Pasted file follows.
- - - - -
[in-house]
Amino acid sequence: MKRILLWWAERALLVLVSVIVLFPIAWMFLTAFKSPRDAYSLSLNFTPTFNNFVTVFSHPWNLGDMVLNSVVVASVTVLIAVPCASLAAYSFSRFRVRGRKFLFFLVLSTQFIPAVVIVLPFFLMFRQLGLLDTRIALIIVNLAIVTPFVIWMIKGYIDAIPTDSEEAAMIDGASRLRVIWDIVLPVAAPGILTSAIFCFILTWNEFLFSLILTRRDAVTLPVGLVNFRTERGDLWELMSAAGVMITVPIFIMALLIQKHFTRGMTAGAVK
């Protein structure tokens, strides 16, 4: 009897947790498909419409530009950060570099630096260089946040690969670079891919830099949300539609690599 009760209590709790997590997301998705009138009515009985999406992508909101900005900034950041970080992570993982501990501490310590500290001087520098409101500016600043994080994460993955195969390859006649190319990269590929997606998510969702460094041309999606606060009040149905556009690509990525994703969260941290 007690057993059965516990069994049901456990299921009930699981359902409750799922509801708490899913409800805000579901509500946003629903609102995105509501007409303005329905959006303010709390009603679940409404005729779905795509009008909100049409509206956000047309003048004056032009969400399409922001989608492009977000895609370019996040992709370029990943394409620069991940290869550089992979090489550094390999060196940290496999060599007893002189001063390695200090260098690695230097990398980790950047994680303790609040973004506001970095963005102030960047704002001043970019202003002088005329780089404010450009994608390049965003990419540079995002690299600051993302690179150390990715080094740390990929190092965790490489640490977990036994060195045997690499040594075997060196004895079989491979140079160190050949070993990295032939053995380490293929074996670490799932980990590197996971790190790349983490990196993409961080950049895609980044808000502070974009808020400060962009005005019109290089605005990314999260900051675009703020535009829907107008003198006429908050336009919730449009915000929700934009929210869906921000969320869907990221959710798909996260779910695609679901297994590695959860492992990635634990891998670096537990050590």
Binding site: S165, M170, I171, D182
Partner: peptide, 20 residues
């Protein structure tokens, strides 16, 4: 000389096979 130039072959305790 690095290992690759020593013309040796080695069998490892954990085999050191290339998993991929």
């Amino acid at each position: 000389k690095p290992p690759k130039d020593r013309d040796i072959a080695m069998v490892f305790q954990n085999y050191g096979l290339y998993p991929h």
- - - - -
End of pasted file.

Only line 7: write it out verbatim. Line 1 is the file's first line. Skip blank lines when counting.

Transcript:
């Amino acid at each position: 000389k690095p290992p690759k130039d020593r013309d040796i072959a080695m069998v490892f305790q954990n085999y050191g096979l290339y998993p991929h």